Compound Isolated from Fennel Dampens Virulence Factor Expression of Francisella tularensis

Elliot Collins

Abstract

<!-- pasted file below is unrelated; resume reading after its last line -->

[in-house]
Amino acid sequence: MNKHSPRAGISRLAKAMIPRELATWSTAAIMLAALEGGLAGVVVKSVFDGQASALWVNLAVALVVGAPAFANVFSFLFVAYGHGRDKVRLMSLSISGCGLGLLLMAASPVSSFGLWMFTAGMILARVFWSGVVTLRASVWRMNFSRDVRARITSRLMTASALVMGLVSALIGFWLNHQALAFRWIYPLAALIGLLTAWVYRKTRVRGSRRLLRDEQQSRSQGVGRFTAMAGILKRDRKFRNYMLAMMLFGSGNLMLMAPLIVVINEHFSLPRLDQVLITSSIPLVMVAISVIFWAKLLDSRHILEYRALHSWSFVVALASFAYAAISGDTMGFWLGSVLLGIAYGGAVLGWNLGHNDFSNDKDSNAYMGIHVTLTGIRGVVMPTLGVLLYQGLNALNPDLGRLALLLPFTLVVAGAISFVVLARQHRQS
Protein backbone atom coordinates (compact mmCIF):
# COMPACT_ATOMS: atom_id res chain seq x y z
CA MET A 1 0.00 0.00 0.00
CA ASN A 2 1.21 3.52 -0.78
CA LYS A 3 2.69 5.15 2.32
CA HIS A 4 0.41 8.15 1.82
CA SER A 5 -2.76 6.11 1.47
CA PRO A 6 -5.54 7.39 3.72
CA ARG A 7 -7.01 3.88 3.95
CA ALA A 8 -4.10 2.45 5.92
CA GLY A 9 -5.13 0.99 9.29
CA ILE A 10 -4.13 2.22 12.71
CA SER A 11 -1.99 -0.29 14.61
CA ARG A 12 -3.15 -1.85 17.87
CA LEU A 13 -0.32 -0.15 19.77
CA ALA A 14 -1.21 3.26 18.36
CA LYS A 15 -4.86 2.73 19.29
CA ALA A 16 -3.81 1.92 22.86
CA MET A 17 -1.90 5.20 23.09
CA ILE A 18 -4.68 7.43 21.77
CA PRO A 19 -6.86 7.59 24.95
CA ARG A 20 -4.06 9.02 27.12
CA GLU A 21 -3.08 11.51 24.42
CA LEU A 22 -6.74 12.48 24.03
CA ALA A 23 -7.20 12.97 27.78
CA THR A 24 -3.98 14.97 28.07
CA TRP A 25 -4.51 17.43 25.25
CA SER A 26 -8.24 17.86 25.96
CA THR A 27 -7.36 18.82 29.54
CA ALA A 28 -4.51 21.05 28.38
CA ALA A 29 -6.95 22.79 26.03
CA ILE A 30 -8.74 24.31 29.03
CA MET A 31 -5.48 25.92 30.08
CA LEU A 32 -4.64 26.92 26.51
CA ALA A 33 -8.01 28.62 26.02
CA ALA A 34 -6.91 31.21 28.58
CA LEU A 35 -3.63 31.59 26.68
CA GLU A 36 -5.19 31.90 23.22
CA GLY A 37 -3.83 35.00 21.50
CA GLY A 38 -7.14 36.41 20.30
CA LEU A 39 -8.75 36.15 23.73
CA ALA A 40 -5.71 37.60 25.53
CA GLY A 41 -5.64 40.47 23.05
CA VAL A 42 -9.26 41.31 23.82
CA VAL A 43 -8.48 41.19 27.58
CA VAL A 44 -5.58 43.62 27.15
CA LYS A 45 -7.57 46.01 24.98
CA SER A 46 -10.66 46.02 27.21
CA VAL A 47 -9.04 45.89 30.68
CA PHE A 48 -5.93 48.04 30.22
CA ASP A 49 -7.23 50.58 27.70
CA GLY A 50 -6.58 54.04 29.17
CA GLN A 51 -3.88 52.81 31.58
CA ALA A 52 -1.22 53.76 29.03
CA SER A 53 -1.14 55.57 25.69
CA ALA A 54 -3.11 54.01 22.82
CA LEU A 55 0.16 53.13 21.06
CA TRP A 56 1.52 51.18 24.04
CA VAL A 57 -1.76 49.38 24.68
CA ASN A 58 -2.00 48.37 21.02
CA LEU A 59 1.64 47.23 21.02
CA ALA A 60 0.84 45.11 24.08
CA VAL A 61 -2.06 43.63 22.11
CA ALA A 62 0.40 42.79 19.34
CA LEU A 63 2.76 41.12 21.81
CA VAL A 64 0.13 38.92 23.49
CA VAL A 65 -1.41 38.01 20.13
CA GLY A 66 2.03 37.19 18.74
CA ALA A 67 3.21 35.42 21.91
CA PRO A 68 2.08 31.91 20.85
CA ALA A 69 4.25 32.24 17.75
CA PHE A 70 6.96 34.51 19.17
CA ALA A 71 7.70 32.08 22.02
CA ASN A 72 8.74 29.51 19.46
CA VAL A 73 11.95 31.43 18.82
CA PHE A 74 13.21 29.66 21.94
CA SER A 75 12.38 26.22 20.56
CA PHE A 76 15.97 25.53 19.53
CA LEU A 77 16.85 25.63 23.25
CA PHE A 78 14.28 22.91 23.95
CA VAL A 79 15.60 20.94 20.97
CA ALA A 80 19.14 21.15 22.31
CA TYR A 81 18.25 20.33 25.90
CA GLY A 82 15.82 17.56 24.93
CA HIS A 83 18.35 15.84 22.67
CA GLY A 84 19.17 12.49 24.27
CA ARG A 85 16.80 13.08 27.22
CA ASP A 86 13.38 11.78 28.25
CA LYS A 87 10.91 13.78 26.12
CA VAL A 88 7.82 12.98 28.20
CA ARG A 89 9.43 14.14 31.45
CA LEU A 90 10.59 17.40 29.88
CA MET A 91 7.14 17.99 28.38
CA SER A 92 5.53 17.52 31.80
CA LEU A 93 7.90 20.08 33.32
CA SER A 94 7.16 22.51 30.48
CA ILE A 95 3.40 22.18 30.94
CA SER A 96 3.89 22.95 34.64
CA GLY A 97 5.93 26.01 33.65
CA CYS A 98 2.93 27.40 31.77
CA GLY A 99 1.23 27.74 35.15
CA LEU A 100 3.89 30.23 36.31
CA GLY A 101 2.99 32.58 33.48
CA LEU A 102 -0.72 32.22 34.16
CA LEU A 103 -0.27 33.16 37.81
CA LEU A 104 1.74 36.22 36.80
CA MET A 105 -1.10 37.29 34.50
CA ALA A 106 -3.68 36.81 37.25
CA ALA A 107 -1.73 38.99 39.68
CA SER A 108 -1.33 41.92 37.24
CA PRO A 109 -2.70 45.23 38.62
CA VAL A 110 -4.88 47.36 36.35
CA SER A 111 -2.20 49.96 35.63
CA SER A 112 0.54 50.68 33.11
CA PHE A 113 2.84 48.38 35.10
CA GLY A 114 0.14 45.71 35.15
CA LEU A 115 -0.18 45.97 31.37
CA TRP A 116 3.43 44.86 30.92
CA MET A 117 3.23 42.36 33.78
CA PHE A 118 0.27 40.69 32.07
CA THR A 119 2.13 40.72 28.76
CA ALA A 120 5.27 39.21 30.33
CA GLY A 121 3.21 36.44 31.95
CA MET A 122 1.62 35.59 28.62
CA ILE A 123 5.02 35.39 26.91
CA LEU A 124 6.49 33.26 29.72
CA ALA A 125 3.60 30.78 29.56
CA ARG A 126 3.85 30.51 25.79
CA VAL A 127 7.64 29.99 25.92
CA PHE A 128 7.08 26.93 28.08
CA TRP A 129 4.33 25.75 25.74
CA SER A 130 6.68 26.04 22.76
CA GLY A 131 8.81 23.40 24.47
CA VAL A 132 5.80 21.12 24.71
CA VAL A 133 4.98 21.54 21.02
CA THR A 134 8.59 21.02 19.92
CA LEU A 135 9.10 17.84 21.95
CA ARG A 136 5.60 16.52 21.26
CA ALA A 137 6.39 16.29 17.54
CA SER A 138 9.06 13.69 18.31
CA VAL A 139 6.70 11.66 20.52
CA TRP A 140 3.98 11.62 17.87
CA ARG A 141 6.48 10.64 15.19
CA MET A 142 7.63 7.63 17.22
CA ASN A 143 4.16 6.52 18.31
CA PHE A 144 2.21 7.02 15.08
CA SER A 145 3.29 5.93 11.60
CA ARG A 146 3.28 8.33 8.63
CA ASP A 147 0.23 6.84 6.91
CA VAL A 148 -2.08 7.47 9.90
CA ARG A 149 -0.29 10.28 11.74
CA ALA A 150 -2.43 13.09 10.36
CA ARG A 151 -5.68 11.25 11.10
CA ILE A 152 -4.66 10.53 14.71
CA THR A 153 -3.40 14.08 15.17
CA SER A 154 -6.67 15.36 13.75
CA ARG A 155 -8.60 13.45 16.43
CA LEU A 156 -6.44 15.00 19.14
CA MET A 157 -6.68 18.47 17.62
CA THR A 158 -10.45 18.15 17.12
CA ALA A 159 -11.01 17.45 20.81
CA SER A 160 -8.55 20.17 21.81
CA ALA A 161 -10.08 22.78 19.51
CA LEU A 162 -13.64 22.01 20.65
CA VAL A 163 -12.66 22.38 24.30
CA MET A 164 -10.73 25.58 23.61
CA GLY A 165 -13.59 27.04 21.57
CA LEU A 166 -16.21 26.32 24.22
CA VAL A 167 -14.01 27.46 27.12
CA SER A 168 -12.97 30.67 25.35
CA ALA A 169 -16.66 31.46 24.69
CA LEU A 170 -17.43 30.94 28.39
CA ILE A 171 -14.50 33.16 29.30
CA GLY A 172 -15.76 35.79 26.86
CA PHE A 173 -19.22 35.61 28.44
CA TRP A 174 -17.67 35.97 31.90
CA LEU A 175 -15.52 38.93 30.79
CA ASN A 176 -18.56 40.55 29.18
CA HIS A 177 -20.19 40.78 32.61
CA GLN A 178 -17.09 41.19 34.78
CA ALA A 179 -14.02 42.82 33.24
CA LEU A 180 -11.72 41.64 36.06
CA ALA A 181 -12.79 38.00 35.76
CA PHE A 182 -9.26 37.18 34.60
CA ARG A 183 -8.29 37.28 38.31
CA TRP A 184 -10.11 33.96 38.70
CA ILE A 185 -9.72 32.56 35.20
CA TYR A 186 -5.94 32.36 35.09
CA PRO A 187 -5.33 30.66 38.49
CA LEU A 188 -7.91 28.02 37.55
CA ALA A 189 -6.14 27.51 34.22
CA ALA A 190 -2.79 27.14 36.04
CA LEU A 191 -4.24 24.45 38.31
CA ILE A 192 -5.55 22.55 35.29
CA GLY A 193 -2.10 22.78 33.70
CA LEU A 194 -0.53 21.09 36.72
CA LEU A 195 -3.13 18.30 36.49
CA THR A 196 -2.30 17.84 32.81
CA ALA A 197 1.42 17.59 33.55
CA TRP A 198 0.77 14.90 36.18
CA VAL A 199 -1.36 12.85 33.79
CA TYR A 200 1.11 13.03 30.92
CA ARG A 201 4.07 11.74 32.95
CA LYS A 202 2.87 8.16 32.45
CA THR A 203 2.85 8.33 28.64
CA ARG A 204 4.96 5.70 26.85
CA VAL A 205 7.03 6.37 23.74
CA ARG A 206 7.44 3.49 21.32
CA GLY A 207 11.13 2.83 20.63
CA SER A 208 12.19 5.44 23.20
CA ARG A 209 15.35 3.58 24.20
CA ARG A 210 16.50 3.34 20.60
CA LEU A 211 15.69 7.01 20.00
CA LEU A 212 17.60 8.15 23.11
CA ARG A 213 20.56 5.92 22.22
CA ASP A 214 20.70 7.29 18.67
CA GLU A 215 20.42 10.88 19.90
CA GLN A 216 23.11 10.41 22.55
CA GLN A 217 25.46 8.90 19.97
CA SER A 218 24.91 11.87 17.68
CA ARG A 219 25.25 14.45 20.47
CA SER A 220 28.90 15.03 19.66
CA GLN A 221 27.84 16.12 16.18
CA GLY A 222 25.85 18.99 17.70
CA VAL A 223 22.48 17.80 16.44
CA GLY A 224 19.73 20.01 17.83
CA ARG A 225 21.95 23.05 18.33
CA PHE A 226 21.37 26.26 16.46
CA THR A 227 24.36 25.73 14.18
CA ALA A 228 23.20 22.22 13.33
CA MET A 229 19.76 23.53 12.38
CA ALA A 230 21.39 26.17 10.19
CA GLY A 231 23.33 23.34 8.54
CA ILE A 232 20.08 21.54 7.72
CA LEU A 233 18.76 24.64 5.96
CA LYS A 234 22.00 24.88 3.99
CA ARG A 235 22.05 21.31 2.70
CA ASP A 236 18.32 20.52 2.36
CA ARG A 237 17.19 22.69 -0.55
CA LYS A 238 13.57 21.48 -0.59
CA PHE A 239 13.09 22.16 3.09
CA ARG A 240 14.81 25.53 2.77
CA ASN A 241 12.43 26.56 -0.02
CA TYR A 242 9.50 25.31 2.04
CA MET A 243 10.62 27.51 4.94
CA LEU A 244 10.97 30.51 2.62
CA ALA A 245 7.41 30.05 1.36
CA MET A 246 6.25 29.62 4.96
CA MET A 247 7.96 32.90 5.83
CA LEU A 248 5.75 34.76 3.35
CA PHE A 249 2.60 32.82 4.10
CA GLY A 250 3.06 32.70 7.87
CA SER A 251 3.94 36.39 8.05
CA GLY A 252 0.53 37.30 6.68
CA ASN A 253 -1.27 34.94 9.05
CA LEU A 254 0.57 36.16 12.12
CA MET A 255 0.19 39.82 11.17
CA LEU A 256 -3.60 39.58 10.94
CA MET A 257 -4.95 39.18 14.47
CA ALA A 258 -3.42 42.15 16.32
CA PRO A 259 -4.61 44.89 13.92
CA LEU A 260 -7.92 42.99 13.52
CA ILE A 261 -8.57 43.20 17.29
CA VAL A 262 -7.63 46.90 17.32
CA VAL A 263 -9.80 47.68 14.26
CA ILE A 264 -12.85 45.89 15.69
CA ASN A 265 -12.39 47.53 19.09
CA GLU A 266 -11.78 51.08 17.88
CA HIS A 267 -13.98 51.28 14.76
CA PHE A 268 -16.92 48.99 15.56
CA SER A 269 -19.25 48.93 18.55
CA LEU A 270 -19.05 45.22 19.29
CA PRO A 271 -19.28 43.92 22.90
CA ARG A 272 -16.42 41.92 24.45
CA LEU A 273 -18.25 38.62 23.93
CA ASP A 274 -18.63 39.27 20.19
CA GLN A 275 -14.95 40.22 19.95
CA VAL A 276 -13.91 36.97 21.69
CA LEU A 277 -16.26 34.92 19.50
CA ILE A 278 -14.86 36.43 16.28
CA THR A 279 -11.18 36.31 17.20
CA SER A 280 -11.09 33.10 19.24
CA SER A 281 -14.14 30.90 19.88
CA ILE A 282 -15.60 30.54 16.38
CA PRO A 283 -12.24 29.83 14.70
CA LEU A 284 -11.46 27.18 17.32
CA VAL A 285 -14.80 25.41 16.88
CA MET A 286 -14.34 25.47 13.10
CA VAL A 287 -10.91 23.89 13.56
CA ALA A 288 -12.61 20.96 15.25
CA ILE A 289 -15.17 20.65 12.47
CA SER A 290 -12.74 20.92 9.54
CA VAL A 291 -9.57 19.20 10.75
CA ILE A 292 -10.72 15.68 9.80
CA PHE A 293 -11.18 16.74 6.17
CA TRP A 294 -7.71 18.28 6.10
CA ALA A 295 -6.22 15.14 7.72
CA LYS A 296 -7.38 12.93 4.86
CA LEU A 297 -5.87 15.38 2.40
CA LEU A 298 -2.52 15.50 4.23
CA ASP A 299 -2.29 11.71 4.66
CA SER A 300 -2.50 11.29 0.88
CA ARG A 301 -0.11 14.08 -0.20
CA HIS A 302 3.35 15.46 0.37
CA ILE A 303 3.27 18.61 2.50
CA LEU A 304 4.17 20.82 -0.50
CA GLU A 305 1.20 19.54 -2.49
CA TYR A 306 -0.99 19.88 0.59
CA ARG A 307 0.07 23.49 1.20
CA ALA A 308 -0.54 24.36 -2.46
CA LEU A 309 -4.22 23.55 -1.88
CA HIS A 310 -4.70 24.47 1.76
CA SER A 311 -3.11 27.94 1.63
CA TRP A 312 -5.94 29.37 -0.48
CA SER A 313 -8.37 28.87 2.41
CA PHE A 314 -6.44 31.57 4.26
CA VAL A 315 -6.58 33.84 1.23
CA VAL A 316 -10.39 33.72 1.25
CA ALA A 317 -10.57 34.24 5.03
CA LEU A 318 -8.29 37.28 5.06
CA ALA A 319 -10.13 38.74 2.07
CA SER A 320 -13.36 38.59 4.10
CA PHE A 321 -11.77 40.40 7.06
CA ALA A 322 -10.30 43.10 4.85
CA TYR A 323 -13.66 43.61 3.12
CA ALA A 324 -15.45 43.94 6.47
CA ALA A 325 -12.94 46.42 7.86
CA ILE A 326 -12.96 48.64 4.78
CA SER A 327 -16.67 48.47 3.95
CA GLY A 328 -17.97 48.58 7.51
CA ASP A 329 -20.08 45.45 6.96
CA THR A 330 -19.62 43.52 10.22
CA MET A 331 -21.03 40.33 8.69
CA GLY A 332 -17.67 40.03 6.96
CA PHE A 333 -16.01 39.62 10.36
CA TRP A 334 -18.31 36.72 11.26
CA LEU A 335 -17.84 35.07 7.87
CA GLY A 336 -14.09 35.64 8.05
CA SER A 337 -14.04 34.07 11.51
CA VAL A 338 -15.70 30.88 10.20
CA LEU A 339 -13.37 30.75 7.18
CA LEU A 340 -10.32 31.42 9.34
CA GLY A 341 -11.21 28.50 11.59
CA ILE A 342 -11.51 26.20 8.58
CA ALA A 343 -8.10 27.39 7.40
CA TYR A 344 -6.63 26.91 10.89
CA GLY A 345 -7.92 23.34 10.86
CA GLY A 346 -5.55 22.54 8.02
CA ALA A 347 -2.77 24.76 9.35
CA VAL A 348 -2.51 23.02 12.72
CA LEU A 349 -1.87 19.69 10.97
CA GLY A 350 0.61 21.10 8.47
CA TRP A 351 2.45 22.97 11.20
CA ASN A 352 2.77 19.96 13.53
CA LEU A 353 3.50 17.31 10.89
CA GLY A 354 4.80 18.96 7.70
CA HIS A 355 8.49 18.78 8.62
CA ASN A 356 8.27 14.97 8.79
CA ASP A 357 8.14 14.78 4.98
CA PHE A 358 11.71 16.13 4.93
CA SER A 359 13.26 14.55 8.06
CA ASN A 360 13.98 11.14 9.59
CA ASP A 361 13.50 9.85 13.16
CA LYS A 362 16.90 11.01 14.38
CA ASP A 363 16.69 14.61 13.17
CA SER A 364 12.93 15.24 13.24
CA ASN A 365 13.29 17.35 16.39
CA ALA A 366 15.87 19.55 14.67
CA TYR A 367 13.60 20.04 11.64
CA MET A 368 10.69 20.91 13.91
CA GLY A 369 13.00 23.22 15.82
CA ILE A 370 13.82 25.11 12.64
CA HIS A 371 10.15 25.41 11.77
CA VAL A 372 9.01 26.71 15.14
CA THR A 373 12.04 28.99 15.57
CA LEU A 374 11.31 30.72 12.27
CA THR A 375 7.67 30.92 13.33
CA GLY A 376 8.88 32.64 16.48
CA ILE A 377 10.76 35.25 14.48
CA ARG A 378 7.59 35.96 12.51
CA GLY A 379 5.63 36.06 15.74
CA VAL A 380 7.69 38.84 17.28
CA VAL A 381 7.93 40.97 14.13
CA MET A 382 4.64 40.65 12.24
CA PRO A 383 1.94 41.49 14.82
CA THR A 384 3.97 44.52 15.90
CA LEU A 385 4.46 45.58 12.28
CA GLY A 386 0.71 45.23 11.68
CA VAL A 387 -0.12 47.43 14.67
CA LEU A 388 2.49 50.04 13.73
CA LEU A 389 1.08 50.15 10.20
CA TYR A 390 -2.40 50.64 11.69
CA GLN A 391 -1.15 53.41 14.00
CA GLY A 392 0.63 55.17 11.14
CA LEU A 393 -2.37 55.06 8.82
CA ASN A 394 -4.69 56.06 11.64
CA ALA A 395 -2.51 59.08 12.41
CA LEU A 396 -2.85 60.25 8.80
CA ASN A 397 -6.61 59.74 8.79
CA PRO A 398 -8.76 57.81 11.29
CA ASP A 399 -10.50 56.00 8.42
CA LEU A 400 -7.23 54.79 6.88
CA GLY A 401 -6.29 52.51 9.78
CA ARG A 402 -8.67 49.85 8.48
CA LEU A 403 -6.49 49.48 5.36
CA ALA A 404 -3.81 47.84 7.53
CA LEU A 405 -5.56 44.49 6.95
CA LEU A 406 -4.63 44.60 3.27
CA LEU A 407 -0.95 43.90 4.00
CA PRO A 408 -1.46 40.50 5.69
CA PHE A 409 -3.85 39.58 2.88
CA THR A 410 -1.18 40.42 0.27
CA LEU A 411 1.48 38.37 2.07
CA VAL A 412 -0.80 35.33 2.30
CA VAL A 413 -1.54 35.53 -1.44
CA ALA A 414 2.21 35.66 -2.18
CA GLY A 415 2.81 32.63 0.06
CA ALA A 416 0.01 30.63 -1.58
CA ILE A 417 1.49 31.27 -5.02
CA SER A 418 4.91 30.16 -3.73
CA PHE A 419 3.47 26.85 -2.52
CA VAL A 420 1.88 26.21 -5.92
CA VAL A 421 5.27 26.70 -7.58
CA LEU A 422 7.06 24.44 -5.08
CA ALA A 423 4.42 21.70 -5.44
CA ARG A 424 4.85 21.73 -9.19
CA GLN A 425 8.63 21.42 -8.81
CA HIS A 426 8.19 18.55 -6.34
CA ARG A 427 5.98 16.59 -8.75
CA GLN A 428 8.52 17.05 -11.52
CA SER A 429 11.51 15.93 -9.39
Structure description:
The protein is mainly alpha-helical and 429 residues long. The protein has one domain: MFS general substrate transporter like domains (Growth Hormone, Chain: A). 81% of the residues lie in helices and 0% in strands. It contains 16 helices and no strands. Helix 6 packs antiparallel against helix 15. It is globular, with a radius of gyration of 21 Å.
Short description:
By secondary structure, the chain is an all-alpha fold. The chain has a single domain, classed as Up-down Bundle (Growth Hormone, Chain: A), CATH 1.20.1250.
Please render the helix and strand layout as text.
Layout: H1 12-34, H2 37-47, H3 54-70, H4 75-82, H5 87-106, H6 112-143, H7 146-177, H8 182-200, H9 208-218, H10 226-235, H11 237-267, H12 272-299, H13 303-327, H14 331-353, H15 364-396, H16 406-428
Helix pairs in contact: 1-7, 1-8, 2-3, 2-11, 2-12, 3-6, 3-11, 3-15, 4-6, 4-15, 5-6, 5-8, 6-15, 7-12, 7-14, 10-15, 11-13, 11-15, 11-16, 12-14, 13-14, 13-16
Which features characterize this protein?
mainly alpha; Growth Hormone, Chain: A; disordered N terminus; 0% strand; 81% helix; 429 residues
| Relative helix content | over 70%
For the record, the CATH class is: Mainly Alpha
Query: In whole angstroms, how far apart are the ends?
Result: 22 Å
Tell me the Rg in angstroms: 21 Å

Francisella tularensis is a highly infectious bacterium that causes the disease, tularemia. The Centers for Disease Control and Prevention classified F. tularensis as a category A bioterror agent due to its virulence and ease of aerosolization. The intentional release of a resistant strain of F. tularensis could be devastating. Consequently, there is a need for novel treatments effective against F. tularensis infections. We previously tested a cataloged natural compound library for inhibition growth of a fluorescent F. tularensis strain (LVS/pTC3D) during infection of THP-1 monocyte cells. From this analysis, we identified nine extracts that only limited bacterial replication in the presence of these host cells.  One of the most promising extracts for the inhibition of F. tularensis during infection was from Fennel. Using bioassay guided fractionation, the Fennel extract was separated until a pure compound was isolated and identified using NMR and mass spectrometry. We sought to determine whether the compound would be effective at diminishing disease caused by other infectious bacteria, such as the opportunistic pathogen, Acinetobacter baumannii.  Therefore, wax worms infected with A. baumannii were treated with the compound or were mock treated.  Wax worm larvae treated with the compound exhibited significant survival compared to the control-treated insects. To investigate the mechanism of action, RNA-seq was conducted on F. tularensis incubated in the presence of the compound. These samples compared to bacteria treated with vehicle-alone showed a significant decrease in virulence factor expression – specifically genes under the control of the master virulence regulators MglA and SspA. Currently, we are working to validate this finding with other methods.

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